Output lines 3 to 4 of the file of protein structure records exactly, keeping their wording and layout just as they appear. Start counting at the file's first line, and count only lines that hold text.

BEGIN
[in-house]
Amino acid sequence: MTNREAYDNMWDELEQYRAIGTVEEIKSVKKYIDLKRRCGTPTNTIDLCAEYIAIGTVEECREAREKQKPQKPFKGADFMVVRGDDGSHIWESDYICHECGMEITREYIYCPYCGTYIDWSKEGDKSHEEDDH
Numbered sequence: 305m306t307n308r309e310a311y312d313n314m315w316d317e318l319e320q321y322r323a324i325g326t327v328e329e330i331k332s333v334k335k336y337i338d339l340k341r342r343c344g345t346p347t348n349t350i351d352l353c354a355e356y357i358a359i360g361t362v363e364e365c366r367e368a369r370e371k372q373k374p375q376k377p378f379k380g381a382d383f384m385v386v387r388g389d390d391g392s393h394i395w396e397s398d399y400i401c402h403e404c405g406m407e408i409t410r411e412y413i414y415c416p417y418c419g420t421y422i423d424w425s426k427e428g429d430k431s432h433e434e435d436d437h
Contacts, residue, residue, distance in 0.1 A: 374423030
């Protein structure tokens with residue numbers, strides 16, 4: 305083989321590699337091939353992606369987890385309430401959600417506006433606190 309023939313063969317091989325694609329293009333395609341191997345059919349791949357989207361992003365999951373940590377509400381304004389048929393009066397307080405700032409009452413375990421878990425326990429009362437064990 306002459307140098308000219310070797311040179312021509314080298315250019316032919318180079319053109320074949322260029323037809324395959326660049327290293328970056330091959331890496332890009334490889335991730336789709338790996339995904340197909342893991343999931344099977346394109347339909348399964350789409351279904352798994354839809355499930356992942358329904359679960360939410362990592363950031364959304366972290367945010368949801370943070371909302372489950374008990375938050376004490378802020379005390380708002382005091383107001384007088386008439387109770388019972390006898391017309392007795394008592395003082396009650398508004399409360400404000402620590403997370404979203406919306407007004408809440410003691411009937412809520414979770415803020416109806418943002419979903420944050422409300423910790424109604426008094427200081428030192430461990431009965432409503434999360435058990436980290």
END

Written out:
Numbered sequence: 305m306t307n308r309e310a311y312d313n314m315w316d317e318l319e320q321y322r323a324i325g326t327v328e329e330i331k332s333v334k335k336y337i338d339l340k341r342r343c344g345t346p347t348n349t350i351d352l353c354a355e356y357i358a359i360g361t362v363e364e365c366r367e368a369r370e371k372q373k374p375q376k377p378f379k380g381a382d383f384m385v386v387r388g389d390d391g392s393h394i395w396e397s398d399y400i401c402h403e404c405g406m407e408i409t410r411e412y413i414y415c416p417y418c419g420t421y422i423d424w425s426k427e428g429d430k431s432h433e434e435d436d437h
Contacts, residue, residue, distance in 0.1 A: 374423030